Fitness can be a bit overwhelming sometimes.
You have Coach Bob telling you to do one thing and then Coach Bill telling you another. One says you should always do the incline bench press on a 30° angle, while the other says to do it on 45°. Then out of nowhere, you have Coach Ben telling you that you shouldn’t need to do anything other than the flat barbell bench press.
See where I’m trying to get at?
When it comes to training, there’s really only a few things that you should know. The problem, though, is that there is so much information out there we end up suffering from analysis paralysis. We end up not making any forward progress because we’re too busy bogging ourselves down in the tiny details that don’t really matter.
But there is hope.
The training rules I have below are nothing new or revolutionary. In fact, you’re probably familiar with them already. The main idea is to show you the essentials of what it takes to get the most out of your workouts. These are basically the only things you need to know to get the results that you want from the weight room.
Implement these seven training rules, and you’ll get to your goals faster than you could have ever imagined.
Rule #1: Intensity, Intensity, Intensity
People always ask me what workout routine is best. My response? It doesn’t exist.
No matter how they look on paper, you can make ANY workout either a really good one or a really crappy one depending on the intensity that they are performed.
Some tips: lift heavy weights, take shorter rest periods, and strive to break new personal records every week. If you don’t look like you’re in any discomfort (keyword “discomfort”, not “pain”), then you’re not working out at all.
Rule #2: Form is Everything
No really, it’s everything.
In order to get the most out of your workouts, you must learn how to perform every exercise that you do with strict form. And strict form isn’t just all about moving the weights slowly. Body positioning, setup of equipment, mental preparation, and the flexing of working muscles (mind-muscle connection) are all things you need to pay attention on every set.
More importantly though, you want to keep your body healthy. The last thing you want happening is a rotator cuff tear or bulging disc.
Make every rep count. Lift weights with intensity, but do it with proper form.
Rule #3: Train Hard, Not Long
I never work out for more than an hour. Nor do any of my clients.
How can you do the same? Socialize less. Don’t work out in groups. Listen to music that helps you to focus on what you’re doing. Do more compound exercises and less isolation work. Do supersets.
The name of the game is effectiveness and efficiency.
Rule #4: You Need a Proper Training Program
The worst thing you can do is to go to the gym without a plan. Unfortunately, that’s how a lot of people approach their training.
You need a training program that incorporates proper progressive overload. If you’re seeking to improve your physique, you must not let your body adapt. You need to be constantly improving in some way every week to stimulate the muscle fibers to grow.
Taking a cookie-cutter workout routine from a magazine isn’t the way to do it. If y ou have no idea where to start, take part in one of Fitocracy’s groups fitness programs or hire a trainer (just make sure they know what they’re doing).
Rule #5: Ab Exercises Don’t Give Six-Packs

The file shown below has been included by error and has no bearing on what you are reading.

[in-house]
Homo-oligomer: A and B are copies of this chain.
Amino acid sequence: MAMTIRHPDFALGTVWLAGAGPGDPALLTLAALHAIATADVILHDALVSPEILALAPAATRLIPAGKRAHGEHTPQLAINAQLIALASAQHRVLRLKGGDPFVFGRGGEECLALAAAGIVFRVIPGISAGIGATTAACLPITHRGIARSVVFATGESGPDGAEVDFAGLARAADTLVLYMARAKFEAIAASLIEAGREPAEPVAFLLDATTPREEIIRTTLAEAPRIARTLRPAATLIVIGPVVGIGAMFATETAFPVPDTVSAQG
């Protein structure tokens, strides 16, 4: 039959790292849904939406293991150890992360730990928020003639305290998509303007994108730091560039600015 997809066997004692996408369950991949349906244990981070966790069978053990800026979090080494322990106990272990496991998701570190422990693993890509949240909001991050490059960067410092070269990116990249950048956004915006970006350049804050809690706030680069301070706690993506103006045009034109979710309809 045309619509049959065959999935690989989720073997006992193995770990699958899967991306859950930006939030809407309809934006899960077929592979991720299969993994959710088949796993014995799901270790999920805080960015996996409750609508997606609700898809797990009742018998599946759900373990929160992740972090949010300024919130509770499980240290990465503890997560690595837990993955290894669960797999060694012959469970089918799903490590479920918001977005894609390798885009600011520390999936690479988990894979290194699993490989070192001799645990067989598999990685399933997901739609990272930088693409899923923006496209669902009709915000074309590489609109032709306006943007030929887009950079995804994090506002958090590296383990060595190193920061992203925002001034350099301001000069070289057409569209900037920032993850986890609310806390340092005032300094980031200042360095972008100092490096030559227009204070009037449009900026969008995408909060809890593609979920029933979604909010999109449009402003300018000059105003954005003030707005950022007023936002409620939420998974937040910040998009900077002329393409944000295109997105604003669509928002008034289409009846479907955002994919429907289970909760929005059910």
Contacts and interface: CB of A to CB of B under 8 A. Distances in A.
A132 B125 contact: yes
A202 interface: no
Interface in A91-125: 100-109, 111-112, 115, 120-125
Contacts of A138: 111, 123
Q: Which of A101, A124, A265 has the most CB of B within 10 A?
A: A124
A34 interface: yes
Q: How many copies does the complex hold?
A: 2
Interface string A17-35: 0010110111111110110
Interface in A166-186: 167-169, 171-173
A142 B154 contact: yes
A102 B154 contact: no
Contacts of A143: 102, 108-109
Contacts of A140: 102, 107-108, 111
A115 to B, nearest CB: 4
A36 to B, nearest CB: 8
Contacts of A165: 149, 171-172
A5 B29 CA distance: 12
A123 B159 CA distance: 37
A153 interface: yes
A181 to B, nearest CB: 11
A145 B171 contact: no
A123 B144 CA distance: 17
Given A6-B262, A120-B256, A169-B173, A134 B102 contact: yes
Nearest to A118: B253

They’re done to strengthen the core because having a strong core carries over to everything else you do in the gym.
Doing ab exercises will NOT burn off fat from your stomach. If that was the case, everybody would be walking around with six-packs.
This sounds very cliche, but it can’t be any more true — abs are made in the kitchen. Your results will come from your diet.
If you have a proper training and nutrition regimen, then there’s no need to spend more than 15 minutes A WEEK on ab training. Your abs are already there, they’re just hidden.
Rule #6: Don’t Neglect the Basics
Eight out of every ten exercises you do should be compound exercises. You know, the boring stuff that actually give you results.
Focus on doing exercises like pull-ups, push-ups, squats, deadlifts, rows, presses, etc. Stop trying to do circus acts just because they look cool. Dumbbell bicep curls on a bosu ball? Barbell squats on a stability ball? Seriously?
Also, save the bodybuilding splits that focus on isolation exercises for later. And when I say later I’m talking about 6-12 months down the road. Build a good foundation with your strength and physique first, then that’s when you can start partaking in the universal “Chest Mondays” and “Back Tuesdays”.
Rule #7: HIIT It
Steady-state cardio isn’t necessary.
Jogging on a treadmill is a great way to burn calories, but it’s not something that you have to do. Instead, try doing some high-intensity interval training (HIIT) and/or metabolic resistance training which are far more effective than just steady-state cardio. You’ll be burning calories during the workout and even up to 24 hours AFTER.
If conditioning is not important to you (if you’re not a marathoner, triathlete, boxer, or MMA fighter) limit your cardio or cut it out completely. The demands on your metabolic system and joints are just far too high. Doing more cardio than you need to can be detrimental to the body’s recovery process.
Don’t get me wrong, I’m not saying that steady-state cardio is useless. It actually has great benefits for your body. If you like to run, great. Keep doing it. All I’m saying is that there is no need to run for hours and hours just to burn calories. When it comes to cardio, there are other options out there like HIIT if running is not your thing.
Focus on getting stronger and eating better. The fat will come off your body even without stepping on a treadmill.